Invasive species are a known threat to biodiversity and to the operation of aquaculture businesses. Any initiative to manage invasive species will have positive benefits for the achievement and maintenance of site integrity ultimately facilitating the continued operation and growth of the aquaculture sector. The project actions included research, awareness raising within the aquaculture sector, and testing control initiatives. The work carried out has identified an increased presence of Didemnum vexillum in Clew Bay compared with previous years. It establishes on hard substrates but once “anchored” can grow over various surfaces including seaweed.

Experimental work was carried out in Clew Bay using two simple control treatments; Acetic acid (vinegar), (a number of studies have identified this as an eco-friendly chemical found to reduce Didemnum vexillum cover by 80 – 100%) and bag turning (farmers found that fouling is reduced significantly when oyster bags were turned regularly, causing desiccation stress to Didemnum vexillum).

These treatments wereapplied either individually or in combination to oyster bags over a six month period. In addition, the timing, frequency and variance of the application of the treatments were investigated to determine if any of these factors influence their success.

Over the course of the experiment, levels of Didemnum vexillum for each treatment were monitored and oyster health and condition recorded. Overall, this experimental work aimed to develop environmentally sustainable, cost effective and time efficient methods for managing Didemnum vexillum in aquaculture that protects stock and reduces the potential future spread of Didemnum vexillum. The outcome of this work will contribute to codes of practice that may be adopted by farmers for the management of invasive species in aquaculture.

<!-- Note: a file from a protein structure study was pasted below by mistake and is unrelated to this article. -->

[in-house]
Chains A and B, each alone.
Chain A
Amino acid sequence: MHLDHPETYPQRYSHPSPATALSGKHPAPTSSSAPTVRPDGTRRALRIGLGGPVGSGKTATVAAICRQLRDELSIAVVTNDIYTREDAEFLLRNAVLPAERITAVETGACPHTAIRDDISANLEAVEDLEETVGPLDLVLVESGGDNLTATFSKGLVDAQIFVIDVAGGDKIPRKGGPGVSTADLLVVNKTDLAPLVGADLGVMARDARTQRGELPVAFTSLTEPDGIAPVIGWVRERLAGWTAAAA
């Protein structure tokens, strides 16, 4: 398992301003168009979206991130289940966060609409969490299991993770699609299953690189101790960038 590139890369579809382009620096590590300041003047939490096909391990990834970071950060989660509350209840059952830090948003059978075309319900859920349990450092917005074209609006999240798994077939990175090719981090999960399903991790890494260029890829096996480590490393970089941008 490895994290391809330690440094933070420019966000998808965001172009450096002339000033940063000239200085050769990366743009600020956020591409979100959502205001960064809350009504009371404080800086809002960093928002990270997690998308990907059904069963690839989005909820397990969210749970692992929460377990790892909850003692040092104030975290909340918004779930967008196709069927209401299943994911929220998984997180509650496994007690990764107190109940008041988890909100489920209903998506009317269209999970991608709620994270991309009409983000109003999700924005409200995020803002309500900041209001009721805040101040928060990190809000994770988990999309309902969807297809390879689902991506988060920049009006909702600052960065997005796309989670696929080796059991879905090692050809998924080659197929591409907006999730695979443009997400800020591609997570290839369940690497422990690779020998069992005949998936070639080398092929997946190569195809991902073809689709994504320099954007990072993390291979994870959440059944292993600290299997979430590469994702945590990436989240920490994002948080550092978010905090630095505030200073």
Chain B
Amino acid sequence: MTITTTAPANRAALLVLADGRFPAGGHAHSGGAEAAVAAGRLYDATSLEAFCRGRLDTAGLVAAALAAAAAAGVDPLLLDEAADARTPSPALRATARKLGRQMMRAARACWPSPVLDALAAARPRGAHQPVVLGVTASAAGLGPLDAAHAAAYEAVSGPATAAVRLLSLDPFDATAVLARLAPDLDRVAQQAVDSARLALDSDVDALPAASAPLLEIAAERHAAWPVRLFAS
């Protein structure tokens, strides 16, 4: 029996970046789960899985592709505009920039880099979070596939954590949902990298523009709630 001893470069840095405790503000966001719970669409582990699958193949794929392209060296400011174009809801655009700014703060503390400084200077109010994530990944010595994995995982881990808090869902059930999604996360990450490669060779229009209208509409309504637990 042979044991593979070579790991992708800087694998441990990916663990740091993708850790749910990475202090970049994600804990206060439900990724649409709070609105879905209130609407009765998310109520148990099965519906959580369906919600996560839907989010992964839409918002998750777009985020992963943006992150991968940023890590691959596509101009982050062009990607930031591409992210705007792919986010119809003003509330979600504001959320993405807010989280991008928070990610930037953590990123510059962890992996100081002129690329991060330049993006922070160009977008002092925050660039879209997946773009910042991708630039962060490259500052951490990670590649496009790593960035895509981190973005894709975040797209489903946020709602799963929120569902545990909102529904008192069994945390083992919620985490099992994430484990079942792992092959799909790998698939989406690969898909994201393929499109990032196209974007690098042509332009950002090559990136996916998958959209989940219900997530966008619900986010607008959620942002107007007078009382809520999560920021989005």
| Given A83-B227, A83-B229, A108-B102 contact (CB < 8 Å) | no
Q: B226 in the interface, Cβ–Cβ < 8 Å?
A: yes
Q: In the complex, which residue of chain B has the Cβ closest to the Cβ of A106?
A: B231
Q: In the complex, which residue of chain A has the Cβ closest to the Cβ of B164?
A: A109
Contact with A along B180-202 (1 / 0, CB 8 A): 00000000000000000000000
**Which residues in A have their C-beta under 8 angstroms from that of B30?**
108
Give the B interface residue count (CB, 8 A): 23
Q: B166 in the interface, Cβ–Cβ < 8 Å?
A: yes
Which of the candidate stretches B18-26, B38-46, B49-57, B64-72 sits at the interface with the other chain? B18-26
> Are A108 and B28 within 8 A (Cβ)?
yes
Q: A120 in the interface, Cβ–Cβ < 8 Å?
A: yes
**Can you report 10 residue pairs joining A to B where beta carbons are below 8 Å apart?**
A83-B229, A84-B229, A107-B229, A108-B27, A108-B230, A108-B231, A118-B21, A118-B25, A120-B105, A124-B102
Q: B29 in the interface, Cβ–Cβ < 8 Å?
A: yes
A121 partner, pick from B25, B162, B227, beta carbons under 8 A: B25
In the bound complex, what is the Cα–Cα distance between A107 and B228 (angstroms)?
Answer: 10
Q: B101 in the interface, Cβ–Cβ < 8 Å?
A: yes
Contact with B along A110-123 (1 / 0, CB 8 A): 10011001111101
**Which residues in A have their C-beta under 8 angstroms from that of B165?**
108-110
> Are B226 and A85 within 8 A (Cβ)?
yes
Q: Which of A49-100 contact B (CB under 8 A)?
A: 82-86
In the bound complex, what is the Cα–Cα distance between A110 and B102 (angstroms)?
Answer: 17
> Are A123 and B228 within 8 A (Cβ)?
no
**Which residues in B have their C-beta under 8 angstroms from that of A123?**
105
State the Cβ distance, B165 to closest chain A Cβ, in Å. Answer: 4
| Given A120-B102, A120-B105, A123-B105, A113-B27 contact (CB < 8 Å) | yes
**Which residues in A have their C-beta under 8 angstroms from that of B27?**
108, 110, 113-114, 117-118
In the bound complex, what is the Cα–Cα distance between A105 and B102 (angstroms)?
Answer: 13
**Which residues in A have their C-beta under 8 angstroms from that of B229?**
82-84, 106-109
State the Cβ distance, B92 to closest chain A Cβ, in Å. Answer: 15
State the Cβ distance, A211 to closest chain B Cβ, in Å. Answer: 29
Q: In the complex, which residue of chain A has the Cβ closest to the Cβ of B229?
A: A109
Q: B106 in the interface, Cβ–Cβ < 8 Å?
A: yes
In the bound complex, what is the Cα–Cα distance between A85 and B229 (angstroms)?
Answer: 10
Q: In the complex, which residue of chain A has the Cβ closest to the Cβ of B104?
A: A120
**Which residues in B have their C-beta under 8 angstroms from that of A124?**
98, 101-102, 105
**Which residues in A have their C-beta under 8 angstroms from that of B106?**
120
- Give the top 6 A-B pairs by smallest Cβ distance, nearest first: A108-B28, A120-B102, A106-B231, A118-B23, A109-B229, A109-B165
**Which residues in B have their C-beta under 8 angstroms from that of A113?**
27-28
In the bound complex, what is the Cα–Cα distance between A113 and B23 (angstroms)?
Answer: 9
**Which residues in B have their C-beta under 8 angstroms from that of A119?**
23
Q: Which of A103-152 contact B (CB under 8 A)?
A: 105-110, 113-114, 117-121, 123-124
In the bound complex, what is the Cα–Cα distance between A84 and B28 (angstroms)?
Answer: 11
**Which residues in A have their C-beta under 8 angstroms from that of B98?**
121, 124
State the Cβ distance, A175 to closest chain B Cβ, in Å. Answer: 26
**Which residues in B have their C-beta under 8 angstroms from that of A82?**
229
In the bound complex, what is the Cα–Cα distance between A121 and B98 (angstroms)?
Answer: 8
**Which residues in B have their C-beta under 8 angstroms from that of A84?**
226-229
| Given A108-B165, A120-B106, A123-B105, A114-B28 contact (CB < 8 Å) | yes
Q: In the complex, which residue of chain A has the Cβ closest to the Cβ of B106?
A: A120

This work was led by the Irish Sea Fisheries Board or Bord Iascaigh Mhara.

For further information on this work please contact Martina O’Brien, UCD, Dublin Ireland at

Project 2. The Dee Chinese Mitten Crab Project.

The Chinese mitten crab originates from eastern Asia, in temperate and tropical regions between Vladivostock (Russia) and southern China, including Japan and Taiwan. This species of crab can have serious impact on marine and freshwater ecosystems where it predates and outcompetes native invertebrate and fish populations. During its breeding season it may also burrow into river banks, increasing erosion, river turbidity and causing the collapse of river beds.

Image courtesy of the Food and Environment Research Agency (FERA)

The aim of this two year project (2013 – 2015) was to gain more of an understanding of mitten crabs in North Wales, focusing on the River Dee.

The main objectives of the project were to:

  1. Gain an estimation of population size.
  2. Explore the geographical extent within the catchment.
  3. Examine the environmental cues driving migration.
  4. Examine the effectiveness of methodology.
  5. Look at Pathways management and raise awareness of the mitten crab issue with stakeholders in the Dee catchment.